Time: 107 mins.
Academy Award nominations for Best Score, Adapted Screenplay and Best Picture.
SYNOPSIS: An Iowa farmer follows the directives of a mysterious voice that tells him to build a baseball diamond in his cornfield, upon which appears the ghosts of Shoeless Joe Jackson and the other seven Chicago White Sox players banned from the game for throwing the 1919 World Series. When the voices continue, Ray seeks out a reclusive author to help him understand the meaning of the messages and the purpose for his field.
BOTTOM LINE: As ridiculous as the plot of this film is, Costner and company are so earnest and enchanting they make you take the craziness to heart. While the ultimate reason for Ray Kinsella to plow under his corn field and build a baseball diamond is horrifyingly hokey, the road to get there is filled with such joy, magic and pathos, you honestly won't care...and will probably find yourself shedding a tear or two. Granted, those who don't like Costner or baseball, may be hard-pressed to enjoy this film. However, here, the game is merely a metaphor, representing lost opportunities and tough choices, about finding the magic in everyday things and being a part of something greater than yourself.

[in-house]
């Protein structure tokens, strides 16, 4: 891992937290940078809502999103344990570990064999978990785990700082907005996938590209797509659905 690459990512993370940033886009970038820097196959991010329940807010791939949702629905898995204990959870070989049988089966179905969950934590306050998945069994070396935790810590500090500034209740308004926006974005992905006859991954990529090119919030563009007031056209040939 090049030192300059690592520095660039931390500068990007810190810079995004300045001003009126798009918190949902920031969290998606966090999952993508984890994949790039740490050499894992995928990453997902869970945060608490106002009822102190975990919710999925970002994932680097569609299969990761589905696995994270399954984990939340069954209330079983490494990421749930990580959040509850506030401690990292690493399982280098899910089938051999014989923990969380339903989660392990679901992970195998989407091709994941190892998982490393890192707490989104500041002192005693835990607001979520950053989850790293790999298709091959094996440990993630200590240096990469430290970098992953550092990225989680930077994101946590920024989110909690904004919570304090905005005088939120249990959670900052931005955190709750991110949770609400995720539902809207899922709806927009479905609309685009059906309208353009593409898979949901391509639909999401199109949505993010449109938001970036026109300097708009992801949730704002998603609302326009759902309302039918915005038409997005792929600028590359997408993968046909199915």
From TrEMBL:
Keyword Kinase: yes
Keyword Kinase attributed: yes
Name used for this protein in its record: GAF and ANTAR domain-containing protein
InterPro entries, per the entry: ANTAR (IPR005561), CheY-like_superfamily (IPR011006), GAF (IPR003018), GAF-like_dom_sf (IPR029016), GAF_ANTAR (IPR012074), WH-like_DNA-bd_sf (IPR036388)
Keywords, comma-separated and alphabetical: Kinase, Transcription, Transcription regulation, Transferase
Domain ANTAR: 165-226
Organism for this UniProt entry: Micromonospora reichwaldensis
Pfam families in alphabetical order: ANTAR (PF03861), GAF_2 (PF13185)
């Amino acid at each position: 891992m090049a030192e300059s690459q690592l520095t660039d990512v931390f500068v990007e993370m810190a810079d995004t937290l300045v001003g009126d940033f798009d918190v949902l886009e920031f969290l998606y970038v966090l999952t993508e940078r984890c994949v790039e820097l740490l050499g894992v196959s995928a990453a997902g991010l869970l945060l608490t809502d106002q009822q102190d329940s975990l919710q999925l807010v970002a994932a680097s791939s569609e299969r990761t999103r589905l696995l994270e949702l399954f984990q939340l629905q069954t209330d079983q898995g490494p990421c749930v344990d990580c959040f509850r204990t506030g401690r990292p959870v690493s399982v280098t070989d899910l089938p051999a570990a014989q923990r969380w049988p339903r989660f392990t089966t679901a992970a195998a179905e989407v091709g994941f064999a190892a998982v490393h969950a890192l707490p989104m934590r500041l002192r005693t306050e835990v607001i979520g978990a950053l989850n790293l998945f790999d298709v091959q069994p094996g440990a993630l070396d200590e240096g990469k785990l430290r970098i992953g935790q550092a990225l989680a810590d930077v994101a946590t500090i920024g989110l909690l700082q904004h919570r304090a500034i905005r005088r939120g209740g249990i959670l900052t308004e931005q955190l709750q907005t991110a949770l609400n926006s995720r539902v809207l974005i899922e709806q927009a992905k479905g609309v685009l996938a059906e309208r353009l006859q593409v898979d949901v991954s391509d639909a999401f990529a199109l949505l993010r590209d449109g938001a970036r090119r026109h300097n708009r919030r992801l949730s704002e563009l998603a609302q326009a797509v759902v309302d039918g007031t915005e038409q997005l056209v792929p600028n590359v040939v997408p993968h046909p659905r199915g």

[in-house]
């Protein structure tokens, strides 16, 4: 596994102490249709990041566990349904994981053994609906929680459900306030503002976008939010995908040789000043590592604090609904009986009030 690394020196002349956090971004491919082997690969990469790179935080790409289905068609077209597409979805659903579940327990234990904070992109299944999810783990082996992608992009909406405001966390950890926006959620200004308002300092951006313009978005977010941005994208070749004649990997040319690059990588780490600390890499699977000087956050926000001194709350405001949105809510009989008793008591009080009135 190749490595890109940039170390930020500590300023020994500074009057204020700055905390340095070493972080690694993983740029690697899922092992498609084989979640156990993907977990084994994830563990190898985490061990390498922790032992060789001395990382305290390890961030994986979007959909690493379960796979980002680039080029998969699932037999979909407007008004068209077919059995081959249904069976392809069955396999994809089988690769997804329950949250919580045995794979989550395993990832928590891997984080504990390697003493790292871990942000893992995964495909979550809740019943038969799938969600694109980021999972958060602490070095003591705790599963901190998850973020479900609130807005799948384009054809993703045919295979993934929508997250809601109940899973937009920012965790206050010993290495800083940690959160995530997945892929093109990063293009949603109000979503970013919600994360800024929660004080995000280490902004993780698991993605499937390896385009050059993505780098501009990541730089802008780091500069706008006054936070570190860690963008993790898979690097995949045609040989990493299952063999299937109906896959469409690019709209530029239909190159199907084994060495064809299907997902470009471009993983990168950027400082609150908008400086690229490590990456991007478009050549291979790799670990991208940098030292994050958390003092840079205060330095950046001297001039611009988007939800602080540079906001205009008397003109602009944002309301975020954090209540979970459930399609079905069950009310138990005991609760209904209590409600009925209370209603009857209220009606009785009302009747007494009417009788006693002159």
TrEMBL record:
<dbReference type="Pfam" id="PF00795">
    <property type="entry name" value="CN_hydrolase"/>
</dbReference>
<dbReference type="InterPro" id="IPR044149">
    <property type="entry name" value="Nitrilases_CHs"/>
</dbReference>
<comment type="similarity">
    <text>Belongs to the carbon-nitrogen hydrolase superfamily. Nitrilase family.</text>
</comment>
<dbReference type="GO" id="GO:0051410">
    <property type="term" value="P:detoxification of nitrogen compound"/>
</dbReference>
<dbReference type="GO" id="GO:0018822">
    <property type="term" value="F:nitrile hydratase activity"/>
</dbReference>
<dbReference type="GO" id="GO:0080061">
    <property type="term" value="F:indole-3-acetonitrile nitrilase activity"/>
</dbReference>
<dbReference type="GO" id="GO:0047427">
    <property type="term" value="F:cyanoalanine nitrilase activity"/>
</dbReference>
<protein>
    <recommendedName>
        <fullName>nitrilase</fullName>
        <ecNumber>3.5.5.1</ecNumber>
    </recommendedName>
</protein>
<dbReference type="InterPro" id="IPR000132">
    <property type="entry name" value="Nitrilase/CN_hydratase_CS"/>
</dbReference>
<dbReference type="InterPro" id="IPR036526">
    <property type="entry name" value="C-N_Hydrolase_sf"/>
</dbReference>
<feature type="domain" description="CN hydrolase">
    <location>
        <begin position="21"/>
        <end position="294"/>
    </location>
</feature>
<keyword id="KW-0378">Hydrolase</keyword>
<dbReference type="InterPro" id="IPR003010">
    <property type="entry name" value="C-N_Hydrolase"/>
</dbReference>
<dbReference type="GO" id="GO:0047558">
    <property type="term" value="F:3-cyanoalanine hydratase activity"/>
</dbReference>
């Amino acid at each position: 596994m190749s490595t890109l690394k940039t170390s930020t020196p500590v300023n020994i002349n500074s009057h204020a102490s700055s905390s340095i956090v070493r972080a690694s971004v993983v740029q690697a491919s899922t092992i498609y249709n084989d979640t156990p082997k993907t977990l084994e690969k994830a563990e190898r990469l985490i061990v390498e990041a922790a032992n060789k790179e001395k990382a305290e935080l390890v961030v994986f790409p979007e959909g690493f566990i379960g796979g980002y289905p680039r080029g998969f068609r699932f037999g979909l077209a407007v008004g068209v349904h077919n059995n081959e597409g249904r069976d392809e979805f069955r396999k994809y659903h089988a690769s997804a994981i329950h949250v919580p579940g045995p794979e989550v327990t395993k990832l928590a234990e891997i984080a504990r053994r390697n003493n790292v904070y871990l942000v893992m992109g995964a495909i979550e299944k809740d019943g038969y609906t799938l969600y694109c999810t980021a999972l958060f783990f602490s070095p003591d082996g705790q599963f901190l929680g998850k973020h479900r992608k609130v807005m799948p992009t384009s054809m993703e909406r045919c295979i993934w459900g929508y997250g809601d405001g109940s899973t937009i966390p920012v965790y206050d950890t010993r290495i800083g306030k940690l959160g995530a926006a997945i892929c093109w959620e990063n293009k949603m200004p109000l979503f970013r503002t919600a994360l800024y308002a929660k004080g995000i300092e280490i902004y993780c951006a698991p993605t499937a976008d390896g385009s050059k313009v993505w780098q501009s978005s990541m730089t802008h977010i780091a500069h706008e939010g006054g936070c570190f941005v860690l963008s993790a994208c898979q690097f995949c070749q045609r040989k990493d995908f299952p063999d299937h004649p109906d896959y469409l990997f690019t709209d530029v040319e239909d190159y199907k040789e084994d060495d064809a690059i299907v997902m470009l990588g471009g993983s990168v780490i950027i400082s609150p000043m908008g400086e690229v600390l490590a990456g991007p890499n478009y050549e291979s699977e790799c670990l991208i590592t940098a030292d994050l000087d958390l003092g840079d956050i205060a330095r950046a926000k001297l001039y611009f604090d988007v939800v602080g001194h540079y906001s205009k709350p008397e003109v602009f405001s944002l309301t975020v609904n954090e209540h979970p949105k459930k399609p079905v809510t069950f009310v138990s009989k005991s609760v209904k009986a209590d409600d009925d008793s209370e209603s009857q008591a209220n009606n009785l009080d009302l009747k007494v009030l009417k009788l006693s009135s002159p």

Costner strikes the perfect balance between belief and incredulity, unable to stop himself in an effort to shed the regrets of his past and find a better future. While the film centers on his quest, it's a mystical joyride filled with great characters (Jones and Lancaster truly shine) and clever humor. When it finds itself back in reality issues with the bank over the farm it loses its' momentum and heart, though those sequences are needed to give his quest depth and consequences. Ultimately, it's a film you'll never forget and will get sucked into again and again...as long as you're willing to buy into the fantasy.